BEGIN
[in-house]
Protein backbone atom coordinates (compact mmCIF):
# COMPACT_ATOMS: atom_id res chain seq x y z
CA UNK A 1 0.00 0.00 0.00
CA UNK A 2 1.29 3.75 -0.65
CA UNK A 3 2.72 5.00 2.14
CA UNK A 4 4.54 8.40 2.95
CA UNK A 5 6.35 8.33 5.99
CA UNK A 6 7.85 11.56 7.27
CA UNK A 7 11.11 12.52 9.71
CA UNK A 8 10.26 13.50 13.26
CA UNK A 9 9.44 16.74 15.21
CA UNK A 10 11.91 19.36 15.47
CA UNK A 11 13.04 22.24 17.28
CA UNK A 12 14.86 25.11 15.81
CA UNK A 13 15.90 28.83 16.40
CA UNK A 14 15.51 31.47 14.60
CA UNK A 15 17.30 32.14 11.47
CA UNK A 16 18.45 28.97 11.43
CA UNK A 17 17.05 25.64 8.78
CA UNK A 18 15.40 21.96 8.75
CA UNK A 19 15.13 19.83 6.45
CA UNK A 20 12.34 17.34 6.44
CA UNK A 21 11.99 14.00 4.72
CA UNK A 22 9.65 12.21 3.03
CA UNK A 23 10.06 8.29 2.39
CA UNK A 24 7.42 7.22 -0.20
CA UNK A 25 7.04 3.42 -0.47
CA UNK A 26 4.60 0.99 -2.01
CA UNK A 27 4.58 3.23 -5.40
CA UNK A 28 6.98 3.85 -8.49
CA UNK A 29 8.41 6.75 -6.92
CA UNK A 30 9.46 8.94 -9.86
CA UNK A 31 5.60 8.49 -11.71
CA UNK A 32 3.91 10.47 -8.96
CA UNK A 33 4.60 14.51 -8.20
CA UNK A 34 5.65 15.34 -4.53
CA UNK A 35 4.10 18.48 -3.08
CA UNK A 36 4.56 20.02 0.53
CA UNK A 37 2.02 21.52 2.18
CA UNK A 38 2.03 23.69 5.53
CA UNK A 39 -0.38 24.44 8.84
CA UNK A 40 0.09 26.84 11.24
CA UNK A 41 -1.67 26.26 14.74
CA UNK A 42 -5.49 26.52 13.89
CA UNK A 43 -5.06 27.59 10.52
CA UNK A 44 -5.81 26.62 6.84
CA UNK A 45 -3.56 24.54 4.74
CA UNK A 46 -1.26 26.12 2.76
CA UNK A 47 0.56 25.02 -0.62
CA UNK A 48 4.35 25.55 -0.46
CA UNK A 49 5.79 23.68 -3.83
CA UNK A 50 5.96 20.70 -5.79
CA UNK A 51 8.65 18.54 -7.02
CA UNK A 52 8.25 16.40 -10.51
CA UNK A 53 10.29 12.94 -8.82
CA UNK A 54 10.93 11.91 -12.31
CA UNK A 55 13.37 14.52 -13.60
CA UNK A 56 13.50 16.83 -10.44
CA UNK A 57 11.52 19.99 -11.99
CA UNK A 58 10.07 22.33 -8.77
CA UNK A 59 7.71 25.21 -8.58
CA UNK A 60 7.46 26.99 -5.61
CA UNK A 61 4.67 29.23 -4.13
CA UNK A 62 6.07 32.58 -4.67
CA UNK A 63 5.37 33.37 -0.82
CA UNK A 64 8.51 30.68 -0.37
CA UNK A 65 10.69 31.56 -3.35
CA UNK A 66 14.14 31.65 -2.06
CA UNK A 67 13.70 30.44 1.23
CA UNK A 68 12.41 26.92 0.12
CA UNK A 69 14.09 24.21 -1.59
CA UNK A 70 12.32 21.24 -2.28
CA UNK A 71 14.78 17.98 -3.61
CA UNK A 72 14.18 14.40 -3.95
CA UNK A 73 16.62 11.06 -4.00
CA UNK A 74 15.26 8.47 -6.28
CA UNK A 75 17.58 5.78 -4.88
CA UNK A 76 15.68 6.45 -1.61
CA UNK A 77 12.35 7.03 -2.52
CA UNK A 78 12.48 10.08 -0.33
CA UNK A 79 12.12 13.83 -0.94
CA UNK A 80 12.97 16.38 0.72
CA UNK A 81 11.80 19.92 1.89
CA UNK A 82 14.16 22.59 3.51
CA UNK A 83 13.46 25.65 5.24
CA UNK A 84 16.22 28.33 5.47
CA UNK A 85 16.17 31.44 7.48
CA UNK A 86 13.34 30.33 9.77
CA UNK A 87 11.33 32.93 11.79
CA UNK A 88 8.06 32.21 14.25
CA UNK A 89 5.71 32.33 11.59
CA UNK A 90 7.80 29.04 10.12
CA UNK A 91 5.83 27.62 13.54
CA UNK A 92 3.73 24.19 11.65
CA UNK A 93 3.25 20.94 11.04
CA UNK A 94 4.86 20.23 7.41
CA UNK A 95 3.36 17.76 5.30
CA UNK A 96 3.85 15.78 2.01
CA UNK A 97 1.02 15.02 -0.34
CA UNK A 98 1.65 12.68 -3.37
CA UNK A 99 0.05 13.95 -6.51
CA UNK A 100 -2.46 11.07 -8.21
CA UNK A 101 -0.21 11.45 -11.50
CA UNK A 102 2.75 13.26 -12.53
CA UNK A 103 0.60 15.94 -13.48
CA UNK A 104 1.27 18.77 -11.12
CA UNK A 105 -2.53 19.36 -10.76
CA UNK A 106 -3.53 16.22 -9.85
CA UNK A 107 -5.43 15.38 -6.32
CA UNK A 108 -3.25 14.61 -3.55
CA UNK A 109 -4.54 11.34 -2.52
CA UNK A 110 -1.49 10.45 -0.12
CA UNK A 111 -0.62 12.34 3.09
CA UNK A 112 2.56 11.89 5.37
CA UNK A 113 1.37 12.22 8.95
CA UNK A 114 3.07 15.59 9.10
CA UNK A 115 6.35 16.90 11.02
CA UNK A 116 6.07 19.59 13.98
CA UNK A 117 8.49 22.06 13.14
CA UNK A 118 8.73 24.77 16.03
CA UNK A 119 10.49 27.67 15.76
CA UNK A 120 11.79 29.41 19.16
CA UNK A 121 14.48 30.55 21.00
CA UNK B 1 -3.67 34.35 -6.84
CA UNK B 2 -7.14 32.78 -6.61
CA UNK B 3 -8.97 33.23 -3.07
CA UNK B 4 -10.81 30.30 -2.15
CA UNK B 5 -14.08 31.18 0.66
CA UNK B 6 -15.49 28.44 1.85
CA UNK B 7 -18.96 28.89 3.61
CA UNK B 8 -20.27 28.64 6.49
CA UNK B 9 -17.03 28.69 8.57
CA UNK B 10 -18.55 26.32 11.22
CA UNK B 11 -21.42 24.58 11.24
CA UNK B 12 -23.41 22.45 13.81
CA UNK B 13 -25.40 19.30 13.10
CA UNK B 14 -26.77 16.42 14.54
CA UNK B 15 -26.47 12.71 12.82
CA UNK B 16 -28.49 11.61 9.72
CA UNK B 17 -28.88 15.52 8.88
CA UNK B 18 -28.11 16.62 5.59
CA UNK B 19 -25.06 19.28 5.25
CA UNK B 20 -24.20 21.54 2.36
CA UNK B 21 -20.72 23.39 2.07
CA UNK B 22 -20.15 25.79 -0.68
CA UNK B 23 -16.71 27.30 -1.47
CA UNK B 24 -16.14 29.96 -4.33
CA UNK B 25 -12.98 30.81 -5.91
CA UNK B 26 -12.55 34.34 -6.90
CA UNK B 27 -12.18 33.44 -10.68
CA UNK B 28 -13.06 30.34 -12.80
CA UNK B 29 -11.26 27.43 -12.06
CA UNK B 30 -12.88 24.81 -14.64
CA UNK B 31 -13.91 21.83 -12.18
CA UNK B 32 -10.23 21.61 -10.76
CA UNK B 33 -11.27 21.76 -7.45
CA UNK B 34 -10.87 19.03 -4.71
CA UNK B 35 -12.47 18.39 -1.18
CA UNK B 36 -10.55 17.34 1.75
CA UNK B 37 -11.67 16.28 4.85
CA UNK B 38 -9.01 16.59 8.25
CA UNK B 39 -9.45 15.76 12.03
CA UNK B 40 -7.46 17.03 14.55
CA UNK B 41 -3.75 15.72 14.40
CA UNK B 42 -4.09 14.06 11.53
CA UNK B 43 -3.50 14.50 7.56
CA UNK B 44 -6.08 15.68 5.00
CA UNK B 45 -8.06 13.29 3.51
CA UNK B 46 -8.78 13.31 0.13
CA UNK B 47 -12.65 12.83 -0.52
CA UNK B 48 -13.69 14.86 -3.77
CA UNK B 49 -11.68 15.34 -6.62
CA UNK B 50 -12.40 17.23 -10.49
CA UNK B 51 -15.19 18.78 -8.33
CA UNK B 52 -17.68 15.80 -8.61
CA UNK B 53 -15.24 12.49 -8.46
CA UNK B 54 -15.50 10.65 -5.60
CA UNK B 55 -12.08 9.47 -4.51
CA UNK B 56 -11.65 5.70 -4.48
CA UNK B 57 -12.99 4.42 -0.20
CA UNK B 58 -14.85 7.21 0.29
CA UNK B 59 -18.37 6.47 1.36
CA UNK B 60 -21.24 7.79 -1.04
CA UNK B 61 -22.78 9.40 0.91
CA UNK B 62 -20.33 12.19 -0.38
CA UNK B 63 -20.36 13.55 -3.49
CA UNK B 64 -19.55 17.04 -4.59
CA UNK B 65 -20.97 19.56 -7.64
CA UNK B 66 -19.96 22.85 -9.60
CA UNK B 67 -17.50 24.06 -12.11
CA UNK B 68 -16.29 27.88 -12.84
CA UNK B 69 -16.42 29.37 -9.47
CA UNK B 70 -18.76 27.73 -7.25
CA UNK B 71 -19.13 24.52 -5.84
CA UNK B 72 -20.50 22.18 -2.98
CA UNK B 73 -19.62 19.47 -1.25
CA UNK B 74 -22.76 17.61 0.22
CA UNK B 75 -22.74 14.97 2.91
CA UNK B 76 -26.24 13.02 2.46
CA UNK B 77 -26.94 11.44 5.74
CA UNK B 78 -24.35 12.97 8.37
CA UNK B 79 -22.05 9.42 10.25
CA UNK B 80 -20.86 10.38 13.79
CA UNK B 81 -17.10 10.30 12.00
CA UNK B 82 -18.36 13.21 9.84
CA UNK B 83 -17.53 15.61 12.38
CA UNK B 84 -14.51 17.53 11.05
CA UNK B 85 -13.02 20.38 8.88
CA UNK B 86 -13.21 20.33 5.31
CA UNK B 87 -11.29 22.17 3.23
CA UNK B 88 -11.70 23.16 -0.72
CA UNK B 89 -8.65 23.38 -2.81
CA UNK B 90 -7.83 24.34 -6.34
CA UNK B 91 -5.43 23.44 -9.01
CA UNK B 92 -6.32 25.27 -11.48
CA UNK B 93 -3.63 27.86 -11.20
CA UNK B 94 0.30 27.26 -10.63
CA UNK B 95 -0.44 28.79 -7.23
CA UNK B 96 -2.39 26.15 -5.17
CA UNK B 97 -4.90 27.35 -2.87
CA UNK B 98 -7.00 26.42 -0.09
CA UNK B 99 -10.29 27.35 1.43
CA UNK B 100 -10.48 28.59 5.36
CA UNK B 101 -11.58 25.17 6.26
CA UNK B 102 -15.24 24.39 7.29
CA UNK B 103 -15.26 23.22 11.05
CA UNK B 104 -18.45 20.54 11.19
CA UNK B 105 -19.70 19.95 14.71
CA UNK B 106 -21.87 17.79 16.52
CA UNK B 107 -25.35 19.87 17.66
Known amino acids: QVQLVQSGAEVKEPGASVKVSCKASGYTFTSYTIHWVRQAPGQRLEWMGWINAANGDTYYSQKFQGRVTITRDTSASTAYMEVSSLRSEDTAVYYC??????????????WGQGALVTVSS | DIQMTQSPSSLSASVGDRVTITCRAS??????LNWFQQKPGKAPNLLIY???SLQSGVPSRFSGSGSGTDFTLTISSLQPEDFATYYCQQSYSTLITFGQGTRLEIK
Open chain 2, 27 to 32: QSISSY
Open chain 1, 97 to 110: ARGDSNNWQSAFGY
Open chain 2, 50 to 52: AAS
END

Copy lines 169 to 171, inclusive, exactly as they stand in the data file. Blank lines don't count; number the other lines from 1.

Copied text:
CA UNK B 45 -8.06 13.29 3.51
CA UNK B 46 -8.78 13.31 0.13
CA UNK B 47 -12.65 12.83 -0.52